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Logo of Phnom Penh Post newspaper Phnom Penh Post - Ethnic oiltappers feel logging company heat

Ethnic oiltappers feel logging company heat

KHOUY minority people from Preah Vihear Province's Pro Me Commune say officials

from a logging company have threatened them with violence if villagers continue

to tap oil from trees located in the company's concession.

Some 200

families from Pro Me sent a letter to Prime Minister Hun Sen and the President

of the National Assembly, Prince Ranariddh, asking the Government to intervene

with the Taiwanese-owned Cambodia Cherndar Plywood Company.

The letter

said that at meeting with Preah Vihear's Governor Prep Tan on January 31 it was

agreed that Cherndar was not allowed to "touch any tree from which the villages

collect oil".

A second meeting was held on April 7, attended by the

District Chief Touch Vong, villagers and local authorities, to solve the problem

between the concessionaire and the villages.

At the meeting, Leang Kim

Srou, a representative of Chernda Plywood, promised the villagers that they

would have access to their oil trees.

But at a third meeting on April 24

at the Cherndar Plywood office in Donma village - which local authorities did

not attend - a company representative told the villagers that they should not

come into the forest concession to tap oil from cher teal trees.


company's representative reportedly told the villagers that Preah Vihear's

Governor, Prep Tan, didn't know the rules under which the concessionaires

operate. The villagers were warned that RCAF soldiers hired to guard the

concession would be used against them if they came into the forest. They were

told the cutting of oil trees would begin on April 28. "But the rain came so

cutting has been delayed," said a villager.

When contacted by the Post a

Cherndar Plywood company executive, Thai Hang Meng, said the company respects

the law. He said the problem was incited by someone from the village who asked

for a gift from the company, but when the company refused they began to make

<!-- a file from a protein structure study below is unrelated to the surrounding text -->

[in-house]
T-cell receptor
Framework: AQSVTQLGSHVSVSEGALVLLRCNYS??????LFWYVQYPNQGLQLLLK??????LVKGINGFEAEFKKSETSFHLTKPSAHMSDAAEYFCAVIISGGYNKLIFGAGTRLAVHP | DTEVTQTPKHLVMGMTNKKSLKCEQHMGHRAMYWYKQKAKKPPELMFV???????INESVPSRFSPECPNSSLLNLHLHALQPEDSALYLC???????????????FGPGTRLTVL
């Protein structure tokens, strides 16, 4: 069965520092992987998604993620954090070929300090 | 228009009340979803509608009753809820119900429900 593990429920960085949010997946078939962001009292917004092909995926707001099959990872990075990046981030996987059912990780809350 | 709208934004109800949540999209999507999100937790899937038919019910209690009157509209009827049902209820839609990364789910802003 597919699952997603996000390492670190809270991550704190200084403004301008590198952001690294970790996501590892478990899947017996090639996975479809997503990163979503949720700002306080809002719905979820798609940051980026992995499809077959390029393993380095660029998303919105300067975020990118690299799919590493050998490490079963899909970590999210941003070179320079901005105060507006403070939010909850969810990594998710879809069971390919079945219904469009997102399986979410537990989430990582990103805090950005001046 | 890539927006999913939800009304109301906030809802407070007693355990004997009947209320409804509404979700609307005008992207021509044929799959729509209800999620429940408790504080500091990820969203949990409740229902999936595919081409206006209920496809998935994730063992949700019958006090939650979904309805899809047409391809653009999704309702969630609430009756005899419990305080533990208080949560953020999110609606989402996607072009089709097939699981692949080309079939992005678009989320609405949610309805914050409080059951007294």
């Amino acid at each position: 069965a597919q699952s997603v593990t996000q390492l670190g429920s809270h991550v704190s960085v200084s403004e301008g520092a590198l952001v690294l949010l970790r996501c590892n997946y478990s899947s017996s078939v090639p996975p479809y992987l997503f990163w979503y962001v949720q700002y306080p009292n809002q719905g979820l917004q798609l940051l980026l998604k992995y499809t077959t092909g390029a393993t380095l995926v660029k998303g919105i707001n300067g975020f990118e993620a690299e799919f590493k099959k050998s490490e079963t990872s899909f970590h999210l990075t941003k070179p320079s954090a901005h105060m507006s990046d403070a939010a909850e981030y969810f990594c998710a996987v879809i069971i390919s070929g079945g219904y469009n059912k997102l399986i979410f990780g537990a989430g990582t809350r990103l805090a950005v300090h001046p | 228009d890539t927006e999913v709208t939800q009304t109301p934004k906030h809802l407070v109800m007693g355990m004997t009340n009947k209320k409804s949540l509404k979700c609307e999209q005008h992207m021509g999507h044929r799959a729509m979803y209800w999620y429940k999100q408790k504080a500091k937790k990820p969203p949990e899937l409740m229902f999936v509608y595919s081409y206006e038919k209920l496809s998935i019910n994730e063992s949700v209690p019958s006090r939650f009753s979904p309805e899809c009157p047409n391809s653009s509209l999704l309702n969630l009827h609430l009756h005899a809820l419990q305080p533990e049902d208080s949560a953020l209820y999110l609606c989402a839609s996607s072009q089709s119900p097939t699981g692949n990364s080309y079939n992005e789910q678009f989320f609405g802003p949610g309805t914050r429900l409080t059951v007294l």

Hang Meng said Cherndar Plywood's activity is monitored by 17

Department of Forestry and Wildlife (DFW) officers . "My company does not make

any mistakes. Maybe some people are trying to defame my company. My company will

not cut trees of the people who tap oil. It is a traditional job for them and we

will allow them to continue."

Ty Sokhun, the Director General of the

Department of Forestry and Wildlife, said he has not received any complaints

from the villagers.

"According to the rules of the Forestry Sub-decree

Article 5.5, the company must be in agreement with the local community and the

provincial and district authorities before they start logging. I saw the

agreement between the community and [Cherndar Plywood]. If the people

traditionally collect oil from these trees, the company cannot cut them," said


A villager - who did not want to be named because he feared for

his safety - told the Post he was not sure how long the village has been there,

but it is "a very long time, more than 50 years." He said his father used to

take oil from the trees in the forest.

In the past they sold the oil

across the border in Laos, but now bandits roam the forest. Many of the oil

traders had their bullocks stolen while carting the oil along forest tracks, and

some traders were killed.

So now they sell the oil locally. Buyers come

from Phnom Penh to purchase the oil, which is used to manufacture paints and for

treating wood.

He said 90 percent of the families in the village are in

the oil collection business. It is the main income for the village. Many people

do not plant rice or vegetables as they make all their money from oil. Some

families claim collection rights to as many as 150 trees.

The villager

said people still go into the forest to collect the oil, "but now they fear for

their lives". He said so far no one from the village has been attacked since the

company issued its warning, but people are afraid.

He talked to one

soldier in the village who patrols the forest for the logging company. The

soldier said he would not kill anyone from the village as he was from there too,

but warned that soldiers from outside the area might be more willing to


The villagers met with the First Deputy Governor of Preah Vihear,

who told them if the villages gave up 50 per cent of the trees they claim then

he might be able to broker a compromise with the company.

A delegation

from Pro Me Commune told the Post they visited the Ministry of Interior twice to

lodge a formal complaint. But they were told by an officer at the complaints

desk that they were wasting their time. He said Cherndar Plywood was a big

company which had invested a lot of money in Cambodia so the villagers had no

chance of winning against such a powerful business interest.

The officer

told the villagers that Cherndar was legally allowed to operate in the

concession area and, besides, the villagers do not pay tax money to the

Government from their oil business.

"All the concession is interested in

is making money from the forest. They don't care about the villagers who use the

oil trees," said a member of the delegation.

The company started

operations there in mid-1999. Before then a Thai company had logged the area,

destroying many of the oil trees closest to the village. Now the villagers must

go deeper into the forest.

"We just want to use the trees that have been

marked for oil collection. And we want the company to stop threatening the

people who come to collect the oil. We do not want to make trouble for the

company or Government officials, but the people of the village are very

worried," a villager said.



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